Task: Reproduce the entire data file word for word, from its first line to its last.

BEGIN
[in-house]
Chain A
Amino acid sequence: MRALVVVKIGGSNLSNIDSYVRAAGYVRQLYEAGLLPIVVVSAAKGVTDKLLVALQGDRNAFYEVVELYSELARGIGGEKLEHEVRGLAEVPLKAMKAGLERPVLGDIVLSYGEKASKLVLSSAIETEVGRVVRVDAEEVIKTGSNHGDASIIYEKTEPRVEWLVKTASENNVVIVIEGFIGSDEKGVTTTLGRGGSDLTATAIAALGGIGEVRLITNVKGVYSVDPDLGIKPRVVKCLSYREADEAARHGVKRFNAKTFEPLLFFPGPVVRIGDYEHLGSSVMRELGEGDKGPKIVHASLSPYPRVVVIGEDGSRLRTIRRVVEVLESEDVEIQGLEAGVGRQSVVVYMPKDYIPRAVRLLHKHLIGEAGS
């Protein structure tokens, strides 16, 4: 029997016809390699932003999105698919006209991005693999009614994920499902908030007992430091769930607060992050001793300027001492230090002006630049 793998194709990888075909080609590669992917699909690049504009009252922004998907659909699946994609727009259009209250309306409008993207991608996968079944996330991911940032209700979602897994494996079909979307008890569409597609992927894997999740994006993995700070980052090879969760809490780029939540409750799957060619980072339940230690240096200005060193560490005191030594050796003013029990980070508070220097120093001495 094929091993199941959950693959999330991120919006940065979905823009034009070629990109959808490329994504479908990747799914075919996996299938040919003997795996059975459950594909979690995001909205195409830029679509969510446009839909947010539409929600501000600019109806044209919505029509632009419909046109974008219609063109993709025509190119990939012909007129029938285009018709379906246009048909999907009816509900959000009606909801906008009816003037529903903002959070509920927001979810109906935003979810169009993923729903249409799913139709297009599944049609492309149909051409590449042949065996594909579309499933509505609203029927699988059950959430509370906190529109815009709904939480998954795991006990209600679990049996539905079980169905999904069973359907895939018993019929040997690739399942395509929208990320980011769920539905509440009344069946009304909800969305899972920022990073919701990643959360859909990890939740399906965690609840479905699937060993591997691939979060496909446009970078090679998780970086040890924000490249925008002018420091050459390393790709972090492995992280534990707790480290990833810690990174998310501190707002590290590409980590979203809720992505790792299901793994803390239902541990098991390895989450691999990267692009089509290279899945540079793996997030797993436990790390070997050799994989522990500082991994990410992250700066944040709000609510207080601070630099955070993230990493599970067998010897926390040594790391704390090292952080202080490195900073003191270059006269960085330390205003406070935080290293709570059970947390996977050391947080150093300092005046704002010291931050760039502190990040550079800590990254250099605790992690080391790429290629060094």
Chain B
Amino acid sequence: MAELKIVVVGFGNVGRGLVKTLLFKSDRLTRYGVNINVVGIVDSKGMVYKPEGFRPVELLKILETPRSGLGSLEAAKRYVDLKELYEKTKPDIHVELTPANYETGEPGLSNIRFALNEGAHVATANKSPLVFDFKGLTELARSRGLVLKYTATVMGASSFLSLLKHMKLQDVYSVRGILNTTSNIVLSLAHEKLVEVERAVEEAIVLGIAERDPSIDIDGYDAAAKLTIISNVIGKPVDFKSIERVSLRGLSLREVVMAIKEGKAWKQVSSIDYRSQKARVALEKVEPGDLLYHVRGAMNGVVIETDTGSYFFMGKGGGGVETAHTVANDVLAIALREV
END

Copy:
[in-house]
Chain A
Amino acid sequence: MRALVVVKIGGSNLSNIDSYVRAAGYVRQLYEAGLLPIVVVSAAKGVTDKLLVALQGDRNAFYEVVELYSELARGIGGEKLEHEVRGLAEVPLKAMKAGLERPVLGDIVLSYGEKASKLVLSSAIETEVGRVVRVDAEEVIKTGSNHGDASIIYEKTEPRVEWLVKTASENNVVIVIEGFIGSDEKGVTTTLGRGGSDLTATAIAALGGIGEVRLITNVKGVYSVDPDLGIKPRVVKCLSYREADEAARHGVKRFNAKTFEPLLFFPGPVVRIGDYEHLGSSVMRELGEGDKGPKIVHASLSPYPRVVVIGEDGSRLRTIRRVVEVLESEDVEIQGLEAGVGRQSVVVYMPKDYIPRAVRLLHKHLIGEAGS
């Protein structure tokens, strides 16, 4: 029997016809390699932003999105698919006209991005693999009614994920499902908030007992430091769930607060992050001793300027001492230090002006630049 793998194709990888075909080609590669992917699909690049504009009252922004998907659909699946994609727009259009209250309306409008993207991608996968079944996330991911940032209700979602897994494996079909979307008890569409597609992927894997999740994006993995700070980052090879969760809490780029939540409750799957060619980072339940230690240096200005060193560490005191030594050796003013029990980070508070220097120093001495 094929091993199941959950693959999330991120919006940065979905823009034009070629990109959808490329994504479908990747799914075919996996299938040919003997795996059975459950594909979690995001909205195409830029679509969510446009839909947010539409929600501000600019109806044209919505029509632009419909046109974008219609063109993709025509190119990939012909007129029938285009018709379906246009048909999907009816509900959000009606909801906008009816003037529903903002959070509920927001979810109906935003979810169009993923729903249409799913139709297009599944049609492309149909051409590449042949065996594909579309499933509505609203029927699988059950959430509370906190529109815009709904939480998954795991006990209600679990049996539905079980169905999904069973359907895939018993019929040997690739399942395509929208990320980011769920539905509440009344069946009304909800969305899972920022990073919701990643959360859909990890939740399906965690609840479905699937060993591997691939979060496909446009970078090679998780970086040890924000490249925008002018420091050459390393790709972090492995992280534990707790480290990833810690990174998310501190707002590290590409980590979203809720992505790792299901793994803390239902541990098991390895989450691999990267692009089509290279899945540079793996997030797993436990790390070997050799994989522990500082991994990410992250700066944040709000609510207080601070630099955070993230990493599970067998010897926390040594790391704390090292952080202080490195900073003191270059006269960085330390205003406070935080290293709570059970947390996977050391947080150093300092005046704002010291931050760039502190990040550079800590990254250099605790992690080391790429290629060094």
Chain B
Amino acid sequence: MAELKIVVVGFGNVGRGLVKTLLFKSDRLTRYGVNINVVGIVDSKGMVYKPEGFRPVELLKILETPRSGLGSLEAAKRYVDLKELYEKTKPDIHVELTPANYETGEPGLSNIRFALNEGAHVATANKSPLVFDFKGLTELARSRGLVLKYTATVMGASSFLSLLKHMKLQDVYSVRGILNTTSNIVLSLAHEKLVEVERAVEEAIVLGIAERDPSIDIDGYDAAAKLTIISNVIGKPVDFKSIERVSLRGLSLREVVMAIKEGKAWKQVSSIDYRSQKARVALEKVEPGDLLYHVRGAMNGVVIETDTGSYFFMGKGGGGVETAHTVANDVLAIALREV